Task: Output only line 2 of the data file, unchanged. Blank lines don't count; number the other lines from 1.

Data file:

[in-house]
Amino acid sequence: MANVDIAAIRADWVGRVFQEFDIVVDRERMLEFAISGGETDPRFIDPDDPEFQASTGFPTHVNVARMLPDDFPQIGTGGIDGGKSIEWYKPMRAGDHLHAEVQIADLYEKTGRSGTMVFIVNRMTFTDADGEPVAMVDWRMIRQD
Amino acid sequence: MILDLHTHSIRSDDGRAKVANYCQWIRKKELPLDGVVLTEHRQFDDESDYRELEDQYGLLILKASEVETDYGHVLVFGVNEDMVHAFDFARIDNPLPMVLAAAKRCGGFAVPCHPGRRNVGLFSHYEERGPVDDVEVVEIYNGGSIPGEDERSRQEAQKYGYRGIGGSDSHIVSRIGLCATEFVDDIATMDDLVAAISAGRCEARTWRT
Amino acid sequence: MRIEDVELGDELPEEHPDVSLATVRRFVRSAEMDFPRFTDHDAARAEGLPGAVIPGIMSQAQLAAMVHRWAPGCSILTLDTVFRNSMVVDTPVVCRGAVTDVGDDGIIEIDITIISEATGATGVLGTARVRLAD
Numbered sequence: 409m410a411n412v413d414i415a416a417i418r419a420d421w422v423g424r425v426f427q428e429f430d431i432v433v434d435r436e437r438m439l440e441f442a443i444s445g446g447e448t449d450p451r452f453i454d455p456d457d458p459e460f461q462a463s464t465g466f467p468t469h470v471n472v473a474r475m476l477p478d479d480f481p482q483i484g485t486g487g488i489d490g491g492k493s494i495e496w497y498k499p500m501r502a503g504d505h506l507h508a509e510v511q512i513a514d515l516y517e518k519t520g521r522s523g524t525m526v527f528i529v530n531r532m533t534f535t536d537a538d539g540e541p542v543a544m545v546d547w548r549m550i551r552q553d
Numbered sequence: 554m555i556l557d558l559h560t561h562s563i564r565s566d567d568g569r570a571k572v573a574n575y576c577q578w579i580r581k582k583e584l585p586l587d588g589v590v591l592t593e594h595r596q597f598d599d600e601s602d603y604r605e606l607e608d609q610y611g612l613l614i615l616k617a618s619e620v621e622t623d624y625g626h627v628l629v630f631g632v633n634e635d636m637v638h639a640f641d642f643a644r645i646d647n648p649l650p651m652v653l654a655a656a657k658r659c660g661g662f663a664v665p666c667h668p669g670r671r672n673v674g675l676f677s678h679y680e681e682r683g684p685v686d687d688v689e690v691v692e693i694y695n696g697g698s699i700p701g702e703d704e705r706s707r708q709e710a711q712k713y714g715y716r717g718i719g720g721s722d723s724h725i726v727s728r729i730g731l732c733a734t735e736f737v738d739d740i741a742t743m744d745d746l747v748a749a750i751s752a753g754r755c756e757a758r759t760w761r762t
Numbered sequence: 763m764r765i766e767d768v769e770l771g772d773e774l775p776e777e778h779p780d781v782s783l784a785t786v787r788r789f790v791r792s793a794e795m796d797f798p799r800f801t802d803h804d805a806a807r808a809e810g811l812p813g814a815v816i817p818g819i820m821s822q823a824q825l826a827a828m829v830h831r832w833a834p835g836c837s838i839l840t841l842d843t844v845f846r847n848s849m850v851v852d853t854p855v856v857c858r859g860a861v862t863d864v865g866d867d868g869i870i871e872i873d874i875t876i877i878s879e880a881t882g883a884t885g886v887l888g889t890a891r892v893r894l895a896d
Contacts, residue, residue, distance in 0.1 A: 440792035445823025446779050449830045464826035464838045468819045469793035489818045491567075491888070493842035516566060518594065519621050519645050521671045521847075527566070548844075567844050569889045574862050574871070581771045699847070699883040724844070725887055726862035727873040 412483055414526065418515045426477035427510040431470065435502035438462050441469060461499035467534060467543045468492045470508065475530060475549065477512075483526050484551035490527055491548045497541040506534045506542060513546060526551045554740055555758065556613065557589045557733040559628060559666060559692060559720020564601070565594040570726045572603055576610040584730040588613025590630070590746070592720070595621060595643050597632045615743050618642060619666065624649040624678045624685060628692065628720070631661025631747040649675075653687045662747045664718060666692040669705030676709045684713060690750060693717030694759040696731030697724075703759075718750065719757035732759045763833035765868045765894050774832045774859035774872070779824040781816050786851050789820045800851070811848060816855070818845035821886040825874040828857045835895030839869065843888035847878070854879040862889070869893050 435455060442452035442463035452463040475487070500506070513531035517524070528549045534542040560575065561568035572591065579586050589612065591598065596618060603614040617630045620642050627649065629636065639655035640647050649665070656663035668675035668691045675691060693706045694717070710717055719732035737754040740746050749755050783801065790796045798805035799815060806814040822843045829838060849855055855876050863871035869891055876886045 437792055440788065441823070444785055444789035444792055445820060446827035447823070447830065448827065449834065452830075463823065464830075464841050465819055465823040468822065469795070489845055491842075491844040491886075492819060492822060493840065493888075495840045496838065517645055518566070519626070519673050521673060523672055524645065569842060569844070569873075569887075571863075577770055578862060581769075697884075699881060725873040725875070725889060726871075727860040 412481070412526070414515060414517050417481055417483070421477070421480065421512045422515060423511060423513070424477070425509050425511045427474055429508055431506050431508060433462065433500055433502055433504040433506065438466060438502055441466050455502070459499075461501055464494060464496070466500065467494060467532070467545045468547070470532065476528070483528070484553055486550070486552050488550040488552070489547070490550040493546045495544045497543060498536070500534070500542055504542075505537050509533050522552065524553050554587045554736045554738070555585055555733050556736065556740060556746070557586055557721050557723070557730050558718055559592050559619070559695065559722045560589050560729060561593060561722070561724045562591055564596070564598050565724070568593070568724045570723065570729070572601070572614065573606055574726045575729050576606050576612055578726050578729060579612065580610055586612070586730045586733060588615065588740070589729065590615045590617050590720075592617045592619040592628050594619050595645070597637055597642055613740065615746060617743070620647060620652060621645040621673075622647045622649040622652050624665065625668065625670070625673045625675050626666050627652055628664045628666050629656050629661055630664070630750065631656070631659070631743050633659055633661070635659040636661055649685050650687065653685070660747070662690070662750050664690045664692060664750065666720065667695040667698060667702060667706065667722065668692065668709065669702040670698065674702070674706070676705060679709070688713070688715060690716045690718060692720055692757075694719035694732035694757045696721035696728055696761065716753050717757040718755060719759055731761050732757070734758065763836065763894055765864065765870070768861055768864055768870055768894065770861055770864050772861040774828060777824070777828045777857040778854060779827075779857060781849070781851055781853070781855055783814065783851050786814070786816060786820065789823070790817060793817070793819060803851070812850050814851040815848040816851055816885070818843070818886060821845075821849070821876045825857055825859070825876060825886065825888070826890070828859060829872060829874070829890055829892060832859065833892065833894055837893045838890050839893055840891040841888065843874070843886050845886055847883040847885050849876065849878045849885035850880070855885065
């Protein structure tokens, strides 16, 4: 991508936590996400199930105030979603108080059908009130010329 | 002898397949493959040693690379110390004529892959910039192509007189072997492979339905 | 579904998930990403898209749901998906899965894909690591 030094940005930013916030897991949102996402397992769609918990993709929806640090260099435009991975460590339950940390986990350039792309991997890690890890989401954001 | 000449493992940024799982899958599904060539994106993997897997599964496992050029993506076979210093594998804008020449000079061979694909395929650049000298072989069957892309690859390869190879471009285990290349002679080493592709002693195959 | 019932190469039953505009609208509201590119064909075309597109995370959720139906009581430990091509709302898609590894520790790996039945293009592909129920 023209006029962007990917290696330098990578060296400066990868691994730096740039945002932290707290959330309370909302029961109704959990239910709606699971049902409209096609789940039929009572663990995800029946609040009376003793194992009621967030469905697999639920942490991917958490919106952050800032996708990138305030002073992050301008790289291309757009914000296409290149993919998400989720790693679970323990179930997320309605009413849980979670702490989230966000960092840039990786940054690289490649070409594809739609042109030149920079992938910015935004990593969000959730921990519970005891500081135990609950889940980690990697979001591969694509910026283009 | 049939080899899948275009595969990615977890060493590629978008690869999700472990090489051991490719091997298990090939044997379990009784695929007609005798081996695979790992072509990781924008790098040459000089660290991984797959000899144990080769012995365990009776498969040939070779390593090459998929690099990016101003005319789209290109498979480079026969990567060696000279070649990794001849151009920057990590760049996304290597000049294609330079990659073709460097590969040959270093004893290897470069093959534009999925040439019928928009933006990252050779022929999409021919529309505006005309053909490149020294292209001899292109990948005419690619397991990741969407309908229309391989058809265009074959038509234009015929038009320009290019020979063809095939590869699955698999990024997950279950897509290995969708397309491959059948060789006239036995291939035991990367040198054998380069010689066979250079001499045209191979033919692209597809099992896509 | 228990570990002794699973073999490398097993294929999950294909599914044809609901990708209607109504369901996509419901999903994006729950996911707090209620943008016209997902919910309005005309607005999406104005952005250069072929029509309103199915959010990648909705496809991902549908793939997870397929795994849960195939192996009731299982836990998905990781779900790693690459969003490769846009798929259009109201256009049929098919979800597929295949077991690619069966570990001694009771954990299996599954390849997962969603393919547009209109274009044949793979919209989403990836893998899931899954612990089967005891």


Amino acid sequence: MANVDIAAIRADWVGRVFQEFDIVVDRERMLEFAISGGETDPRFIDPDDPEFQASTGFPTHVNVARMLPDDFPQIGTGGIDGGKSIEWYKPMRAGDHLHAEVQIADLYEKTGRSGTMVFIVNRMTFTDADGEPVAMVDWRMIRQD